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trying to get the most recent computed_date where normalized_global_score is not NULL

SELECT max(`influencer_brand_scores`.computed_date) AS max_computed_date
FROM `influencer_brand_scores` 
WHERE (normalized_global_score IS NOT NULL) 

This query is taking forever, and when I run explain on it I get:

1 SIMPLE influencer_brand_scores ALL (null) (null) (null) (null) 3347895 Using where

So my question is, do I add an index on computed_date, or a compound index on normalized_global_score and computed_date, if so which should be first, or does it matter?

share|improve this question
NULL is bad for index, any reason to store NULL value? – ajreal Aug 9 '11 at 11:49
There is a nightly job to calculate the normalized_global_score number, so its possible the value can be null for a period of time, because of the complexity in calculating it, I dont see any easy way to remove it. – Joelio Aug 9 '11 at 11:53
in this case i kind of think index on computed_date alone is much better, however, I might be wrong, keep me posted – ajreal Aug 9 '11 at 12:00
@ajreal In theory you can be right. If NULL vales is relatively small part of the database then this index can be fast. – Karolis Aug 9 '11 at 13:27
up vote 0 down vote accepted

I'd first go with

INDEX( normalized_global_score, computed_date )

and if that didn't work well (because of normalized_global_score containing NULLs) make a new BOOLEAN column named normalize_gobalcolumn_score_is_computed and index that:

INDEX( normalize_gobalcolumn_score_is_computed, computed_date )

and have normalized_global_score IS NOT NULL replaced with normalize_gobalcolumn_score_is_computed = TRUE in your query.

share|improve this answer
Don't believe that with the boolean field this will be considerably faster. – Karolis Aug 9 '11 at 12:19
BOOLEAN is synonym for TINYINT(1) and that type of column would be properly indexed and used. I remember MySql always having trouble with indexes containing NULL so I always avoided that, but I'm not sure if that has not been resolved in newer verisons of MySql. – nobody Aug 9 '11 at 12:26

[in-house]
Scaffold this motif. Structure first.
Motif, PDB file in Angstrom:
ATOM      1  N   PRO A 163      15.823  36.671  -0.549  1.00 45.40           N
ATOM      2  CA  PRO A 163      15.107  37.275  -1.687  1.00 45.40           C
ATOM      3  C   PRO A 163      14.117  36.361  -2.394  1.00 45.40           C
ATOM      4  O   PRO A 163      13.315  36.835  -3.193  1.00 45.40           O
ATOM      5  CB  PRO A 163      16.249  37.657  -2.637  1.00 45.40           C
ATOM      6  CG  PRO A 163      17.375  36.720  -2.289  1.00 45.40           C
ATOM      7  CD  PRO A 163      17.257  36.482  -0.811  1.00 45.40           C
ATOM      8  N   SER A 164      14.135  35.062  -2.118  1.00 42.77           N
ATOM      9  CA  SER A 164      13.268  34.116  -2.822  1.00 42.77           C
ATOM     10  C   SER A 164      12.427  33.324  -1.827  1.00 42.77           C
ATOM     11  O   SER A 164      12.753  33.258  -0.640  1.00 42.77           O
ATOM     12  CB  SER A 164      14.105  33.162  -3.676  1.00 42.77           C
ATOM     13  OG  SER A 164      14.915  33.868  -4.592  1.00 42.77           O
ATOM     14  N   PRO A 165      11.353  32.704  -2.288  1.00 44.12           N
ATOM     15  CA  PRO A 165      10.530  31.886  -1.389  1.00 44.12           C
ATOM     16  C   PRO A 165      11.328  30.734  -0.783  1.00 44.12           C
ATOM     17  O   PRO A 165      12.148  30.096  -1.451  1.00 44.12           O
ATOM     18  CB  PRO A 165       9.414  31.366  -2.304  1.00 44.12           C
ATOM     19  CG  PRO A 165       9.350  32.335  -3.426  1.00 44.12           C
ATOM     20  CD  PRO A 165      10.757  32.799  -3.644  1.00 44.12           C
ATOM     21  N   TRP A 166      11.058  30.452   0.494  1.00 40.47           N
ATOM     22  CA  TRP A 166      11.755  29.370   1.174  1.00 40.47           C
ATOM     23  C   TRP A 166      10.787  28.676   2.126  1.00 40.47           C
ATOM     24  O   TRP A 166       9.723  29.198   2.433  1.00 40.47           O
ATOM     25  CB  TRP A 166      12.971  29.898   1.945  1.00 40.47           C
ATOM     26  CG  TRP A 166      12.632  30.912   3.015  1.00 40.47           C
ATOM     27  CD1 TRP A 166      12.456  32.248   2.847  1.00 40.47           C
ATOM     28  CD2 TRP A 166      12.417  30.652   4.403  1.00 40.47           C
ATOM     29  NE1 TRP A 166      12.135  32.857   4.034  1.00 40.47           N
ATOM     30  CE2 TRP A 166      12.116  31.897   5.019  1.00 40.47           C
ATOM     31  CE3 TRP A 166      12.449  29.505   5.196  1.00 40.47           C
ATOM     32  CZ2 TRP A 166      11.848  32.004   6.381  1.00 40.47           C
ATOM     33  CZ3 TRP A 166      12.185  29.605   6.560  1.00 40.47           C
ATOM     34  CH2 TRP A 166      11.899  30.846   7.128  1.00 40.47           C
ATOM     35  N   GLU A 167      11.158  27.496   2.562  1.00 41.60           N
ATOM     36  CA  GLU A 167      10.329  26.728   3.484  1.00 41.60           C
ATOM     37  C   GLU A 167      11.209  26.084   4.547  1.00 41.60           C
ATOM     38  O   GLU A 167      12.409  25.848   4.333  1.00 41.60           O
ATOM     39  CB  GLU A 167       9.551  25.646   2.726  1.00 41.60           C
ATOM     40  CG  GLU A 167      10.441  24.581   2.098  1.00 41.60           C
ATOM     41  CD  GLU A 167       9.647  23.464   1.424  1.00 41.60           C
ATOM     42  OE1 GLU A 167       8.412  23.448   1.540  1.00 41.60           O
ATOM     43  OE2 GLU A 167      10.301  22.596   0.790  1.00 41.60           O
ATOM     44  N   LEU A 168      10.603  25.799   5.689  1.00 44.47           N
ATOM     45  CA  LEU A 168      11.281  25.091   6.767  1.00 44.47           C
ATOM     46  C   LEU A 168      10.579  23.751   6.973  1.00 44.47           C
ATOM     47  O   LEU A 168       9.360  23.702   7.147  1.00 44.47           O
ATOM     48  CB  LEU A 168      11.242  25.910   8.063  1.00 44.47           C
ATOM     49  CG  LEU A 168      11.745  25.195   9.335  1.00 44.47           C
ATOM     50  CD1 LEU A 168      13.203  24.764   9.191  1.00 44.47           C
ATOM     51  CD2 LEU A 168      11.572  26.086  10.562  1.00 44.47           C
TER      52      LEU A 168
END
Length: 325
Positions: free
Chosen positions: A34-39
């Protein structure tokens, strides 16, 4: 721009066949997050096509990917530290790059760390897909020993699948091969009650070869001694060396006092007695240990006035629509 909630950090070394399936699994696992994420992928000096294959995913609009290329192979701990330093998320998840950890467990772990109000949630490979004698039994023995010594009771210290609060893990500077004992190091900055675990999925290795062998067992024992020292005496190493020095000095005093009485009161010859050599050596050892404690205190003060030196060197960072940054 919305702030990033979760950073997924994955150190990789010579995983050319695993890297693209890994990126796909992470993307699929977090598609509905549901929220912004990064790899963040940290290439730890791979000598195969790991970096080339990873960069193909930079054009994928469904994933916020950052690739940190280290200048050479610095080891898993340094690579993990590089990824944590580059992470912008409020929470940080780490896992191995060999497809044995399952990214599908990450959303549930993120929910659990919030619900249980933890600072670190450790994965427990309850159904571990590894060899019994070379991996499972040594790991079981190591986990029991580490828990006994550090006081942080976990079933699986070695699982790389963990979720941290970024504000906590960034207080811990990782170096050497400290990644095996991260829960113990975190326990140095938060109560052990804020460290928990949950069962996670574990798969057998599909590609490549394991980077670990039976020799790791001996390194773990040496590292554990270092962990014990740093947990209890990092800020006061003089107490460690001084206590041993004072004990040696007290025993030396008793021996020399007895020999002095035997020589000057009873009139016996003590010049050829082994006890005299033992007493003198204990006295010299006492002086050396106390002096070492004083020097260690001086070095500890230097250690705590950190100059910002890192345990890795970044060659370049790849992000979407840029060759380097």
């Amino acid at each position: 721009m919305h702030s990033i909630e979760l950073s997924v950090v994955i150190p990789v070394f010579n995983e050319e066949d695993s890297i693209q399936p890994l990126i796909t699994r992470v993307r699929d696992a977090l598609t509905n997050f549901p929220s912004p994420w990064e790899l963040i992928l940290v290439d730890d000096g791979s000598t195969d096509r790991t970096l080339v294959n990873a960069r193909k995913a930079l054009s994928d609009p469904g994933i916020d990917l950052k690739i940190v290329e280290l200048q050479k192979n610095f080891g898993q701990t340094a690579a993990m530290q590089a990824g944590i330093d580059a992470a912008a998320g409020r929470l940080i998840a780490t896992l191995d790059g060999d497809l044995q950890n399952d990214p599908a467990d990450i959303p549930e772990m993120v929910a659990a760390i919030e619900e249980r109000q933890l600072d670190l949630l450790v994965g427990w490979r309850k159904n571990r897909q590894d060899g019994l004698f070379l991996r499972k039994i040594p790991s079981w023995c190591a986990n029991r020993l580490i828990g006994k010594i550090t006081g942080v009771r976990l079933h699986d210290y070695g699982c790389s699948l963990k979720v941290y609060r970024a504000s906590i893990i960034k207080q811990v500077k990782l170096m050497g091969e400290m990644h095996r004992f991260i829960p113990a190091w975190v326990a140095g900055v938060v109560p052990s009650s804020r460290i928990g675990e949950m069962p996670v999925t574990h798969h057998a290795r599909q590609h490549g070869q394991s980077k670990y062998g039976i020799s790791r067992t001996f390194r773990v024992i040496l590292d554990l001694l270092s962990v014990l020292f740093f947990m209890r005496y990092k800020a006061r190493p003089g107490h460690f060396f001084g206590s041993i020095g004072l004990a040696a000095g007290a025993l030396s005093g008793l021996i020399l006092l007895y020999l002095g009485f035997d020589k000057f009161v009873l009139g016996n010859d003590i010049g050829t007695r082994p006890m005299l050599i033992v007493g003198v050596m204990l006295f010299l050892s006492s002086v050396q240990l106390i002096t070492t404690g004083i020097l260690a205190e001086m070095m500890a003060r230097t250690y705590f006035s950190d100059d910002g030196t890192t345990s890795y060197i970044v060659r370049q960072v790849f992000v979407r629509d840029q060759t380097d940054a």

From mathematical point of view, NULL values can't be the problem. The problem is data distribution. For instance if all the table have non-null values and just several records have null values then the this particular query can be slow. But TRUE/FALSE distribution is the same as NULL/NON-NULL distribution, so the query can still be slow. – Karolis Aug 9 '11 at 13:12
It's not about mathematics here, it's about how MySql implements things, it doesn't behave the same when you have an INT column that may be null and you say column IS NOT NULL and when you have a TINYINT(1) NOT NULL column when you say column = 1. – nobody Aug 9 '11 at 13:44
NULL is nothing special in b-tree. The only advantage of boolean is the index deepness. – Karolis Aug 9 '11 at 14:03
ALTER TABLE `influencer_brand_scores` 
    ADD INDEX `ibs_cindex` (`normalized_global_score`, `computed_date`);
share|improve this answer
@Joelio Updated! This should be fast enough. Everything depends on how many non-null values you have. – Karolis Aug 9 '11 at 12:15
Hi, thanks, I dont think mysql supports ASC/DESC, not sure it matters much in this case. – Joelio Aug 9 '11 at 12:22
@Joelio In theory the ordering may increase the probability of selecting the right starting point in single step. Sure it does not increase the performance considerably much in this case. In any case you are right, I have looked into the documentation and found that MySQL currently does not support index ordering :) – Karolis Aug 9 '11 at 12:31

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